and yes, recommended headlight settings are correct :p
  3. #3 Mr Owl PhD, Apr 14, 2016
    Last edited: Apr 14, 2016
    Yep, adjusted while sitting on the bike, and whether it is 'correct' is precisely my point. What exactly is 'correct' is it what the law says, or how it actually works. As it does in no way look like a badly aligned headlight, (unlike very many cars I see) there's no problem. I would have no worries with a police car approaching me from the front as I know it just looks normal. So perhaps the theoretical 'correct' adjustment, is not in fact the adjustment that makes the headlamp work correctly!
  4. #4 oldcorollas, Apr 14, 2016
    Last edited: Apr 14, 2016
    not sure I follow you.... the recommended adjustment basically makes the light hit the road X meters in front of the headlight.. ie where you need it. that may change a bit depending where you usually ride at night, ie, highway, pitch light further forwards.. suburbs, a bit closer perhaps...

    what you seem to have done, is to adjust your headlight so that the main part of the beam will be pointing UP ?
    methinks your adjustment regime may be a little off perhaps..

    the true test though, is if your headlights shine up toward the rear view mirror (or side mirror) of the car in front of you, and if the light is where you need it (ie, on the road, not on the signs above the roadway)

    aim it where you want it though :)
    can you roll to 10m from a wall, and take a pic of the light spread on both low and high beam? maybe the lens has weird spread?
  5. Also, ON/OFF throttling will make it look like you are getting smart with oncoming cars... so something for new riders to be aware of...

    Anyway, Good on you for doing a visual inspection using another rider. I have wanted to do this, but forgotten, CBF etc.. I'm a nomad rider now days so no easy access to riding mates. I normally go by: if drivers are dipping me, my beam is too high.

    Mr Owl made an interesting point about your aperture. Could you do as he asked: With the bike held vertically wheel it right up to a wall so that the front wheel is touching it and than mark on the wall where the centre of the headlamp is. Wheel the bike back 7m and put the headlamp on high and then low beam and take photos of each.
  6. First off those 130/90 are illegal from what I have seen on the Philips info sheet,there for racing only. Its a good idea to use a relay as there is usually a big voltage drop without one. Definitely not me, but I know someone with exactly that setup but with a relay and it is unbelievable the amount of light these through. This person got caught on a ride with others braking down and ended up doing a good 100ks to a place called Windgelo well late on a pitch black night. There was no chance of overrunning this light on hi beam till very very stupid speeds,way beyond kangaroo picking speed. This person rode around after fitting the bulb and set the light to hit the road as far as it could distance wise on high beam as slightly left. Thats DOWN on the road as far as possible on hi beam done at night. He has never had any flashers from other people coming the other way,like you do if there too bright. And he doesn't use high beam during the day like some idiots do, occasionally low beam in really crap weather. Seems I know a lot of stuff about this person,just a coincidence. You want to see the brick on the road or the pot hole,dead Kangaroo,not parallel to the road and dissipating or shining in mid air or worse, up in the air .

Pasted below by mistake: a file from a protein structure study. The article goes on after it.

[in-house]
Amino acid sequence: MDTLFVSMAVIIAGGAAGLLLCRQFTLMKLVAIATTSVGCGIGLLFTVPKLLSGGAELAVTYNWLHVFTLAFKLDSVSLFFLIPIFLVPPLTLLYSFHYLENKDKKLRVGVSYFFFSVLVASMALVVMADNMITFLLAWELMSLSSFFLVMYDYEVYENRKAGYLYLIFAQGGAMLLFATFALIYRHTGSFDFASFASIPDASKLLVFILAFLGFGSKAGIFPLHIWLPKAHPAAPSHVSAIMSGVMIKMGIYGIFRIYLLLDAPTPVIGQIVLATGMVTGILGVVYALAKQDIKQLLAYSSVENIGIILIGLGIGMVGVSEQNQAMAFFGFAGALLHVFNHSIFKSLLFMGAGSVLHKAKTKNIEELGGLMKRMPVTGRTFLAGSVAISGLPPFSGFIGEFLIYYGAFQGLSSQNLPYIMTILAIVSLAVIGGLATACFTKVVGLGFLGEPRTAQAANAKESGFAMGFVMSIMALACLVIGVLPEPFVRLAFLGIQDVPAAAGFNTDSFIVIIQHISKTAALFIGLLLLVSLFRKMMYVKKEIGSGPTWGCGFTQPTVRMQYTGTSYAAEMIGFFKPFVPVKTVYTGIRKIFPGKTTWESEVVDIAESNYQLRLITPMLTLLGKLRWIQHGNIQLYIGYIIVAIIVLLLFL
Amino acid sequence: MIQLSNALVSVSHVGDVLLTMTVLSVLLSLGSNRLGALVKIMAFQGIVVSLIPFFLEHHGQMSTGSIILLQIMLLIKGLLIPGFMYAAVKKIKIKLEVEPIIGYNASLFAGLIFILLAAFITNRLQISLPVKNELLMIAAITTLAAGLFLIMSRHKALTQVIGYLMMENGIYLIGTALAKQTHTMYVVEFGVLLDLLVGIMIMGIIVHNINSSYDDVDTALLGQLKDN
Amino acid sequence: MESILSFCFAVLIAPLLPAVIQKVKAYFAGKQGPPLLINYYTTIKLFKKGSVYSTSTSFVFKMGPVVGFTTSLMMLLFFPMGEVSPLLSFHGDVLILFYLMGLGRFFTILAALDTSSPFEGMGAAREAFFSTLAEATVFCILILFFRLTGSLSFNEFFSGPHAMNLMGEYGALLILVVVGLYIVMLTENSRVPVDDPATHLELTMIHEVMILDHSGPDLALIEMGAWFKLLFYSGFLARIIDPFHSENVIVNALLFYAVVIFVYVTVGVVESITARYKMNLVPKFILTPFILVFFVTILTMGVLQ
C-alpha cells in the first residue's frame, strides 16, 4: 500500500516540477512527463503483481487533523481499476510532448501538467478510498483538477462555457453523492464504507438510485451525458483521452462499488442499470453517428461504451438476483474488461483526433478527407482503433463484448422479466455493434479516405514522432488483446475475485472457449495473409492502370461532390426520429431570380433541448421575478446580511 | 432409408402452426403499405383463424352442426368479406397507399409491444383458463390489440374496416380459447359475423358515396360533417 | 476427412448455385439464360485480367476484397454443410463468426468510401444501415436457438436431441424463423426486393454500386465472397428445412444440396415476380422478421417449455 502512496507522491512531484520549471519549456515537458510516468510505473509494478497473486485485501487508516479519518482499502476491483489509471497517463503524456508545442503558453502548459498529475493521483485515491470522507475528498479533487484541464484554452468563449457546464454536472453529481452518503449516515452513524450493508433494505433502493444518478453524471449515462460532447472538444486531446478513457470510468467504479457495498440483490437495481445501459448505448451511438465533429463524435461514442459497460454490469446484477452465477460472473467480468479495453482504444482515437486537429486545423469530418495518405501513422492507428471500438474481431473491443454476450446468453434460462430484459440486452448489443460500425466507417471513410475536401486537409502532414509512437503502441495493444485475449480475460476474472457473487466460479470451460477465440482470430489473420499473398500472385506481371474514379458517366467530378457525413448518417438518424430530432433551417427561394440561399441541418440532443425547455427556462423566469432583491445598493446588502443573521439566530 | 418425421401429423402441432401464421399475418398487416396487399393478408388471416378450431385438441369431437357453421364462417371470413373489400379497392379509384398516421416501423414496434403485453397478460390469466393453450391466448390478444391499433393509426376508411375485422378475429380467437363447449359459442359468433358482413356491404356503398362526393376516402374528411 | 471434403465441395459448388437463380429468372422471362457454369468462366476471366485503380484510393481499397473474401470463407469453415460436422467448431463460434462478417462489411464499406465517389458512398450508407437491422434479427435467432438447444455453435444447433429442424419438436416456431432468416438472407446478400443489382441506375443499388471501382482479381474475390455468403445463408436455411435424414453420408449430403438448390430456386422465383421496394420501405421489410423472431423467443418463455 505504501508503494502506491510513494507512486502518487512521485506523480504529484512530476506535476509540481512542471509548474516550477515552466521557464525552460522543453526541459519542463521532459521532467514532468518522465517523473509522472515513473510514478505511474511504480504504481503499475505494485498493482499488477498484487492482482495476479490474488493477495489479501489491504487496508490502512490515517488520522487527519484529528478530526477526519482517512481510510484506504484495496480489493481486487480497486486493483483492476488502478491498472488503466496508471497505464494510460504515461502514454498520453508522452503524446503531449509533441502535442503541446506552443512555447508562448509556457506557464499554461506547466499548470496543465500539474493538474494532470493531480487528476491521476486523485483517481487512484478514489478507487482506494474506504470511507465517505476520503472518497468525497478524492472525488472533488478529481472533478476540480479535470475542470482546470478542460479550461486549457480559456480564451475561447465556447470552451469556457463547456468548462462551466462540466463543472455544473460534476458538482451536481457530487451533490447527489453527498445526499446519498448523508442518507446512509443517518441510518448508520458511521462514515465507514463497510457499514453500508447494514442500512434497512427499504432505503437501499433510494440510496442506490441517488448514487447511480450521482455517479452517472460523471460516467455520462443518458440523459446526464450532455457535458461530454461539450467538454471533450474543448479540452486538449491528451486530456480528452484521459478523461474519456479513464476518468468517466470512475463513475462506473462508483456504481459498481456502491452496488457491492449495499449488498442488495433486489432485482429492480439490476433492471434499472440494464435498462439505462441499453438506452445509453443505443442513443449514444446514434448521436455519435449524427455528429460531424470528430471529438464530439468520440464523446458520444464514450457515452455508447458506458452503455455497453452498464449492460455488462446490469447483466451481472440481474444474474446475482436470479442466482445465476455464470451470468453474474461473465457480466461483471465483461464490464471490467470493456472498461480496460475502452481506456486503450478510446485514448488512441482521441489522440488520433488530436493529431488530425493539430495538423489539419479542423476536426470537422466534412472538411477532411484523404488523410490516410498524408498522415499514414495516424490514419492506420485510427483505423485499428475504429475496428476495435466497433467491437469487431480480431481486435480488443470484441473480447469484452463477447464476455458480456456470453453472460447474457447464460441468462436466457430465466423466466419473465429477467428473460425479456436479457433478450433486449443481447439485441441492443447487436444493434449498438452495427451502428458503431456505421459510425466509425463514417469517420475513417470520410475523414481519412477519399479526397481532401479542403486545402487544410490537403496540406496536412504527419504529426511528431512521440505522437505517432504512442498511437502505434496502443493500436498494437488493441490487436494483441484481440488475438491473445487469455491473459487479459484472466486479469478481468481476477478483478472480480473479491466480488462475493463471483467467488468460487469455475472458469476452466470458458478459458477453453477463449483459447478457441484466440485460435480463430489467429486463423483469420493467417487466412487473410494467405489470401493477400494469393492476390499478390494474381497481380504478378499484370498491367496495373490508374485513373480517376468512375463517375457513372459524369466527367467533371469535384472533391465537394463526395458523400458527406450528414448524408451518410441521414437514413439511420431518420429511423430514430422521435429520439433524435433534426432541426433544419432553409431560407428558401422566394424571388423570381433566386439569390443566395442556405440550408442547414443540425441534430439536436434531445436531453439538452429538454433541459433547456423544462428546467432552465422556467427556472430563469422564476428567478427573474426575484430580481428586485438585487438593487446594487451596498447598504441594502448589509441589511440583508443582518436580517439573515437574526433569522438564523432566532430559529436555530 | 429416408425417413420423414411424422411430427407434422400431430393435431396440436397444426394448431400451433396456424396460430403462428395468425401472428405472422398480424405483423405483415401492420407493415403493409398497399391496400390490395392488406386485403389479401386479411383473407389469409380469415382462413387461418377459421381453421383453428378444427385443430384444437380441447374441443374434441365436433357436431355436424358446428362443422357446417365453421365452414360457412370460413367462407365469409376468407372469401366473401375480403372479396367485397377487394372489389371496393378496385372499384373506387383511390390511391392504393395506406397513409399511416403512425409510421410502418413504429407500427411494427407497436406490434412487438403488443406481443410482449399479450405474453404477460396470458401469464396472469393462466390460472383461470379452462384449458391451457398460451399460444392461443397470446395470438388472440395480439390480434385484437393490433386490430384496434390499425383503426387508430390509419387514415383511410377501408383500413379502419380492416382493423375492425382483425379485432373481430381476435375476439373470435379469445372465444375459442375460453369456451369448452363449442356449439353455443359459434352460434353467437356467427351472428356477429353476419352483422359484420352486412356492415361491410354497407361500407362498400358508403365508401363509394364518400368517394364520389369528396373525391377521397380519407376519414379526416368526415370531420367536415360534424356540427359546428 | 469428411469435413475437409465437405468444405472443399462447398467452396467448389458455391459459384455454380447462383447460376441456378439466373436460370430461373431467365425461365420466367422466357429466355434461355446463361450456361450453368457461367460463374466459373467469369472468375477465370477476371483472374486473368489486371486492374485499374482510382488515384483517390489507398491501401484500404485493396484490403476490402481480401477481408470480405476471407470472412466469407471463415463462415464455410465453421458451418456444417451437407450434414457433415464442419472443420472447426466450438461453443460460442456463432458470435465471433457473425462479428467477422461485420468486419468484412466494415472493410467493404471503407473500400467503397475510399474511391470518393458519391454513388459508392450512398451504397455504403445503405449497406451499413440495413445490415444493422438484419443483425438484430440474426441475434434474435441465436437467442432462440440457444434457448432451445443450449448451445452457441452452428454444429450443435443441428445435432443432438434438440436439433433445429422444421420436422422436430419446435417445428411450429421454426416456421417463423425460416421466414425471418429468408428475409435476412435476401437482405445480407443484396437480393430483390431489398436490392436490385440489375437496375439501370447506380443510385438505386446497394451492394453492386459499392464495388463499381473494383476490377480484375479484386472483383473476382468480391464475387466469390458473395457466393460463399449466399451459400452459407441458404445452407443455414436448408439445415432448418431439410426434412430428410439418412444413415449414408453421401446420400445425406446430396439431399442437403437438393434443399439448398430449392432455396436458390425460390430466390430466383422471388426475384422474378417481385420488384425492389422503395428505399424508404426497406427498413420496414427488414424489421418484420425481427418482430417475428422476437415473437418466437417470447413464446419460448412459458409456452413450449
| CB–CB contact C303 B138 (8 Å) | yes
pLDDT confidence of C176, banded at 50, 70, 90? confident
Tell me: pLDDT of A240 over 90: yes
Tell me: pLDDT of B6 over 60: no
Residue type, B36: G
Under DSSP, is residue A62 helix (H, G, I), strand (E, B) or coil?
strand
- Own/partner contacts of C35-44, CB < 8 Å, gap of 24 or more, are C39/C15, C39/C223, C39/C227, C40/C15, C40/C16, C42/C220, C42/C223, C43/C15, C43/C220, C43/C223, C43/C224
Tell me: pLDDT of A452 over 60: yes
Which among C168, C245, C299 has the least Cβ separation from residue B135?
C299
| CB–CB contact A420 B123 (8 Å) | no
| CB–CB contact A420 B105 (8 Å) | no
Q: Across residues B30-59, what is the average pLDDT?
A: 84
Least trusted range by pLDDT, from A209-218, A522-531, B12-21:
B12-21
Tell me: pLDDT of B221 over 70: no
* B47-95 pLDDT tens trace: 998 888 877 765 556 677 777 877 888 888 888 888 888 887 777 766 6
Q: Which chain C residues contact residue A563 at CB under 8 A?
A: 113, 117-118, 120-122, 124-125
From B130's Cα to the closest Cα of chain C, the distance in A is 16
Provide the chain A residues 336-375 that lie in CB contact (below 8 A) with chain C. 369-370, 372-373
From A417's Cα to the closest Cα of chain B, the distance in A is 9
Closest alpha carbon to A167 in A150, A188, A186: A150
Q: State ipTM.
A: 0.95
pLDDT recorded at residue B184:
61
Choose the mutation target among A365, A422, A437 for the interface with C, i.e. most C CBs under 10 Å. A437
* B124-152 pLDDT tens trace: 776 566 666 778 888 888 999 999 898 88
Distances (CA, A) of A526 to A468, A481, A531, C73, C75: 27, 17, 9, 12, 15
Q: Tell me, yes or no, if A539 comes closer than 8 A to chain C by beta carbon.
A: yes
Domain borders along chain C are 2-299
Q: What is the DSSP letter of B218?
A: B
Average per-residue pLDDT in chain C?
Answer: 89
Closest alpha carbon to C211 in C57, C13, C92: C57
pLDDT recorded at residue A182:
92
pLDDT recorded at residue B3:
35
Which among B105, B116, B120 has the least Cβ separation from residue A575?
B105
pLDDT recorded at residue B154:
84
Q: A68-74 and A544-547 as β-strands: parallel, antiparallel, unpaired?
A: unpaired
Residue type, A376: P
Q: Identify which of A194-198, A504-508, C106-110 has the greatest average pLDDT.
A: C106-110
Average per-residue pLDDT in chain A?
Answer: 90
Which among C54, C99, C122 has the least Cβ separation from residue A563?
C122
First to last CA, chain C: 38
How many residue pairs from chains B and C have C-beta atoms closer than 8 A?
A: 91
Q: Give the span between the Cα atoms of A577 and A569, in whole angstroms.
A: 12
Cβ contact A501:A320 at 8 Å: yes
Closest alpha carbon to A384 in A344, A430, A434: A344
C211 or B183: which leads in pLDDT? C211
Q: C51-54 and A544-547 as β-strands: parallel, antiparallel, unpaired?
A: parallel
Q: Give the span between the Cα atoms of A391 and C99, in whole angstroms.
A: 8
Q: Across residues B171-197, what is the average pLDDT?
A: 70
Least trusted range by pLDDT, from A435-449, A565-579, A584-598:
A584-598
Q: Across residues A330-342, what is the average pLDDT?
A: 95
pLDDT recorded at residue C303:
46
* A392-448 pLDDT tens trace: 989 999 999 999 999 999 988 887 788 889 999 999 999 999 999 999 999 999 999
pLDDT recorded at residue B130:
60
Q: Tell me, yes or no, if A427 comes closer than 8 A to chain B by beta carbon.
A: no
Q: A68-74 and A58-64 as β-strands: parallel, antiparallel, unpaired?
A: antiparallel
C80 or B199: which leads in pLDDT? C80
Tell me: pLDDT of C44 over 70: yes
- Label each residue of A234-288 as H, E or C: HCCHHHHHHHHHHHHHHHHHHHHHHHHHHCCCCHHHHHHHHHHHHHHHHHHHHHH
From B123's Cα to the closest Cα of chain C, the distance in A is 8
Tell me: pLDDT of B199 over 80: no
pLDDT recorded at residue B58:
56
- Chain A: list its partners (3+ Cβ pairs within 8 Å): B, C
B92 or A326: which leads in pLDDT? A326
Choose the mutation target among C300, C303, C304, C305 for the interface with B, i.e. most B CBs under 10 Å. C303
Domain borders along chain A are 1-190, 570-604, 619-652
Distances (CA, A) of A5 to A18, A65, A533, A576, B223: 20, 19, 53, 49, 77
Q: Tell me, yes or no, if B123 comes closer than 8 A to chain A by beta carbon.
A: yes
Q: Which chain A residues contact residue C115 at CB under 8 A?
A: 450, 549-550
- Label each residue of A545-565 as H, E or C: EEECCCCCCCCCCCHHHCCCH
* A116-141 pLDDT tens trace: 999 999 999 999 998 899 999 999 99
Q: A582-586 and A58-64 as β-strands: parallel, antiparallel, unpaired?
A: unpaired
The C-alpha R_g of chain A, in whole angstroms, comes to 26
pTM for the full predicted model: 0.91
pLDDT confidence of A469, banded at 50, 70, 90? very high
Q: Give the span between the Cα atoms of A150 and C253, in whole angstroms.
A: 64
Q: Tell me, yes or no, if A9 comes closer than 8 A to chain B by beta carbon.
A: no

7. #7 oldcorollas, Apr 14, 2016
    Last edited: Apr 14, 2016
  8. O ok, not the 130./90 watt highly illegal ones then.
    • Dislike Dislike x 1
  9. nup.. those suckers pull some decent amps through stock wiring!
    the +130's nowadays are not thaaat different to the high current bulbs of yesteryear...
    there are some evaluations on sites like candlepower..

    60/55 is at a specific voltage.. at vehicle running voltage, they could be more like 75/70, but still technically legal
  10. Sounds to me as though you should change back to the recommended setting (as recommended),and then simply raise the front wheel 2-4" off the ground whilst riding for better vis. ;)

    Personally I know little about light adjustment, but it seems as though you've gone to some decent effort to ensure that not only is the light right for you - but that it's also not uncomfortable for oncoming motorists. Kudo's for that!
  11. I just go for a ride at night and move the light accordingly to suit what I want to see :eek: